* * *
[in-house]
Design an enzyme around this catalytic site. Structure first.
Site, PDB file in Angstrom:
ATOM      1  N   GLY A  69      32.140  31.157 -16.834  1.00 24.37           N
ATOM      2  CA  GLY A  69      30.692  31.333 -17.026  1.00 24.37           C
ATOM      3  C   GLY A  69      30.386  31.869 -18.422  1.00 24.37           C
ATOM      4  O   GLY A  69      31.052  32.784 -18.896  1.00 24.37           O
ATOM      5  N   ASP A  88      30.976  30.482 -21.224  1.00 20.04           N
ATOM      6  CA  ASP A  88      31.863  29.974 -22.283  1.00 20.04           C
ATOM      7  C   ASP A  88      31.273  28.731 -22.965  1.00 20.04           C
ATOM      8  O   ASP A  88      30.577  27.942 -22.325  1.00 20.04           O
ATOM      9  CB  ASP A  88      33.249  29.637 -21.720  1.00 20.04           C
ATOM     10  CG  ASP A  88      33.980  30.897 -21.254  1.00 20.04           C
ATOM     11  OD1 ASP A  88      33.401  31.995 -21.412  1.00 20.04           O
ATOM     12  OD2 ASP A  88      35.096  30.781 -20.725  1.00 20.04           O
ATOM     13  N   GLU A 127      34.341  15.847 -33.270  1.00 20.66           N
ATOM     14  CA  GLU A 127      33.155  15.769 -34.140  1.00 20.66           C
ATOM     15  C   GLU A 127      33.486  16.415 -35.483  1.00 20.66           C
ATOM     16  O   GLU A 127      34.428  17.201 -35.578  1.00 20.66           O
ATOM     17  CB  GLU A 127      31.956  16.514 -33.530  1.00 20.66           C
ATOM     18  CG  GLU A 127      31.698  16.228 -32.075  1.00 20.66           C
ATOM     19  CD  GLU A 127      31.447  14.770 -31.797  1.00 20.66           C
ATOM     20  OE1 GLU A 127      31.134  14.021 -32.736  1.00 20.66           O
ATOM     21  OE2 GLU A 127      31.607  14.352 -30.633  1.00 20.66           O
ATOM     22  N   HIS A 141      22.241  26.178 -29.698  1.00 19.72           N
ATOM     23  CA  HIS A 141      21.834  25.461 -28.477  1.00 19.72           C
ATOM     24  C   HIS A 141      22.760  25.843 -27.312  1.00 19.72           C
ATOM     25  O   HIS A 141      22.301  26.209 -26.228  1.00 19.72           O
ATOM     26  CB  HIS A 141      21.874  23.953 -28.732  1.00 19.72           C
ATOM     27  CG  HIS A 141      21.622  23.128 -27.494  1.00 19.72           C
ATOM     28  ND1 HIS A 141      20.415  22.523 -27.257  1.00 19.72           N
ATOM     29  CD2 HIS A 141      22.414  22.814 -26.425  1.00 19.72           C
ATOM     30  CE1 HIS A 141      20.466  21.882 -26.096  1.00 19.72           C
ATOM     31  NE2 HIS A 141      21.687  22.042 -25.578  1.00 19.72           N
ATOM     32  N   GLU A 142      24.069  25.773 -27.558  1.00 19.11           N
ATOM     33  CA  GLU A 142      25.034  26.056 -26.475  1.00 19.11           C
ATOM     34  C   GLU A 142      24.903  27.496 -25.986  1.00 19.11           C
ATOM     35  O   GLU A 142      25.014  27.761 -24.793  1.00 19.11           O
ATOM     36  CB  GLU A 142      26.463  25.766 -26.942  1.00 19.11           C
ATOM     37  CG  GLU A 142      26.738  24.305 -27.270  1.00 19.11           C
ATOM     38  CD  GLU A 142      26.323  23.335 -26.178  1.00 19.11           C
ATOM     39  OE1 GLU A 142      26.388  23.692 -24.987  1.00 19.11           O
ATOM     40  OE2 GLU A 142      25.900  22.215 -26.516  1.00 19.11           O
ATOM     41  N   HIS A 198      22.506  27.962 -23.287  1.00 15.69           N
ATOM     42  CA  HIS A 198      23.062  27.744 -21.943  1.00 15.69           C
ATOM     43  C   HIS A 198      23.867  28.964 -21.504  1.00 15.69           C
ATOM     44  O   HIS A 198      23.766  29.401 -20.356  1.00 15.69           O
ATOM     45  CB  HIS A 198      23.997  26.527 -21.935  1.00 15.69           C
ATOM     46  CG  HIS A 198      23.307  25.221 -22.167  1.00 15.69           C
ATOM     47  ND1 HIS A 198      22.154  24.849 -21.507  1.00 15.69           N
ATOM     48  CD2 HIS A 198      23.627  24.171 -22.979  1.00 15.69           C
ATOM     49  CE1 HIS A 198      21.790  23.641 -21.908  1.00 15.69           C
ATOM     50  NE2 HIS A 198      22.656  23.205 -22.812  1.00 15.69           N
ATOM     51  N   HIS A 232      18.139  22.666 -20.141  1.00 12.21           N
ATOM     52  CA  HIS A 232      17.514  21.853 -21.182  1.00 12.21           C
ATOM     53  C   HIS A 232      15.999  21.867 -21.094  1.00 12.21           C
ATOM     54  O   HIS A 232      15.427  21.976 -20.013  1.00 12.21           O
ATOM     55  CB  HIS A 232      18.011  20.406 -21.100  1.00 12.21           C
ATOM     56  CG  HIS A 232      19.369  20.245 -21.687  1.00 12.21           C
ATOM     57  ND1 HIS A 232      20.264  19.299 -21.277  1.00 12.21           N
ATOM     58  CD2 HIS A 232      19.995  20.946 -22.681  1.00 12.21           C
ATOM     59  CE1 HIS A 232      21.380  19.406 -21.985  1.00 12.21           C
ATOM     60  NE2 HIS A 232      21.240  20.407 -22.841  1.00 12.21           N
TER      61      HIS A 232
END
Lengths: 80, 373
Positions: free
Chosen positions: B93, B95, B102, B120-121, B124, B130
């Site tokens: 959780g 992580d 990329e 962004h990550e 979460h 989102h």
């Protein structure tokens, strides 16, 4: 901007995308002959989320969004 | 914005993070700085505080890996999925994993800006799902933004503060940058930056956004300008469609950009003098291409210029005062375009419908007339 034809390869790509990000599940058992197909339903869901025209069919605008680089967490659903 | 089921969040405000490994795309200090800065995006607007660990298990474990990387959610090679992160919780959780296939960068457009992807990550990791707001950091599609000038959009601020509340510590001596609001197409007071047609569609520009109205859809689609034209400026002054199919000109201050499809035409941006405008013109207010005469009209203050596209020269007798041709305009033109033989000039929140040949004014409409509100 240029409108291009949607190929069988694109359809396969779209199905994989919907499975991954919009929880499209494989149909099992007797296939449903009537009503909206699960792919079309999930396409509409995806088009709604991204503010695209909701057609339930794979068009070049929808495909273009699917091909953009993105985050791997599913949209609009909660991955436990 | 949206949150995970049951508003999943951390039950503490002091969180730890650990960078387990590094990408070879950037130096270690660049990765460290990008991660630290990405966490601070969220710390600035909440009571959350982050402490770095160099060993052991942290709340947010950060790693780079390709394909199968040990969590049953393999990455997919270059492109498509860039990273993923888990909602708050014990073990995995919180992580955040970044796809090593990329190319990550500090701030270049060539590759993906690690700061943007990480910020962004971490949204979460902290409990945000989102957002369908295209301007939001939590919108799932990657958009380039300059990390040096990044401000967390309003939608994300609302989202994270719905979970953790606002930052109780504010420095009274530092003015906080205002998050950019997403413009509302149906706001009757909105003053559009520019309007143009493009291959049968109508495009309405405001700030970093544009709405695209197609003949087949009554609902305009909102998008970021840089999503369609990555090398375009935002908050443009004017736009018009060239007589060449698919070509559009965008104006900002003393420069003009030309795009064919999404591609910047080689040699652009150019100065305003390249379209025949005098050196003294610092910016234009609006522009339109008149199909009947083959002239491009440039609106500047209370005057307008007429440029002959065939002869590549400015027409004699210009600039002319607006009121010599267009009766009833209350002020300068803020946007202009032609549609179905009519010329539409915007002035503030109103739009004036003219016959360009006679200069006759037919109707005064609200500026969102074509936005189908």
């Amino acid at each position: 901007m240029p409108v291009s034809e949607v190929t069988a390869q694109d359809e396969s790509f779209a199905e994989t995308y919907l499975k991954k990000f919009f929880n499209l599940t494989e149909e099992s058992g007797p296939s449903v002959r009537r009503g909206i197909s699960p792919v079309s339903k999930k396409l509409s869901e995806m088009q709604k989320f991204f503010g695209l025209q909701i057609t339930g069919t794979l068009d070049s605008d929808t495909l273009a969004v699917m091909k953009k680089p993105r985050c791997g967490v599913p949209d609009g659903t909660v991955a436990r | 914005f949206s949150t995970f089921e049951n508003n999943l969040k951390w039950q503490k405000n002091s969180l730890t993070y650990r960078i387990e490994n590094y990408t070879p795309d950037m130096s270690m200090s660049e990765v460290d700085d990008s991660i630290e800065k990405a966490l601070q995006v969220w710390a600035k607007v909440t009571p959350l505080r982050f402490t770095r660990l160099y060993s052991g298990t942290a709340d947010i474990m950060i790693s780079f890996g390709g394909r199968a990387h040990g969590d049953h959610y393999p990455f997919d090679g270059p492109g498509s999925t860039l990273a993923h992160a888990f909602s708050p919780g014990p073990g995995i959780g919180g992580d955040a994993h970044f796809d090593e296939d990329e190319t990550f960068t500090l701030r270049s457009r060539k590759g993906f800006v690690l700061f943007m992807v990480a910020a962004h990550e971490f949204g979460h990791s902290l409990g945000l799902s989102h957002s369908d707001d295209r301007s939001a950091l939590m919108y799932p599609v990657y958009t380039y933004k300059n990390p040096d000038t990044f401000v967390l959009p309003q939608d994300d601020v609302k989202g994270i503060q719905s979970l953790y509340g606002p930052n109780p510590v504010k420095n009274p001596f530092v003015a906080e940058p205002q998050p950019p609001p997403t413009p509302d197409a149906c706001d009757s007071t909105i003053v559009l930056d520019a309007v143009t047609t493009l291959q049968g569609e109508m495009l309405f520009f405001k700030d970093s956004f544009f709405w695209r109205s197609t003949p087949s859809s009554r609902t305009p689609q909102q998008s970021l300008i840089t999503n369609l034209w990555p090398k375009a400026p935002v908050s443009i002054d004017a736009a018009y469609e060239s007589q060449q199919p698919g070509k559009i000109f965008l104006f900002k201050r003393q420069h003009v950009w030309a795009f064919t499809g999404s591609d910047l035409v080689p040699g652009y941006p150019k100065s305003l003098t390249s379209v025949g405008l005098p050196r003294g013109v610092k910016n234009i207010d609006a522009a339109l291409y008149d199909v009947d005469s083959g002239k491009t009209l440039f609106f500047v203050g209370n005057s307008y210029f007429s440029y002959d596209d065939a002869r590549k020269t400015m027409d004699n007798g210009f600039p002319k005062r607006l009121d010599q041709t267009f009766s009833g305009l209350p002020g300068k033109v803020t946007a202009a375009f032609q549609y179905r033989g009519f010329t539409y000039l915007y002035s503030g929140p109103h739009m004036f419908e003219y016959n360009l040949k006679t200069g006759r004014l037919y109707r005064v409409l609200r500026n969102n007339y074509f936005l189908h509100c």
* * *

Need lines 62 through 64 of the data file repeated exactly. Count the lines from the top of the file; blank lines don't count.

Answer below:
ATOM     59  CE1 HIS A 232      21.380  19.406 -21.985  1.00 12.21           C
ATOM     60  NE2 HIS A 232      21.240  20.407 -22.841  1.00 12.21           N
TER      61      HIS A 232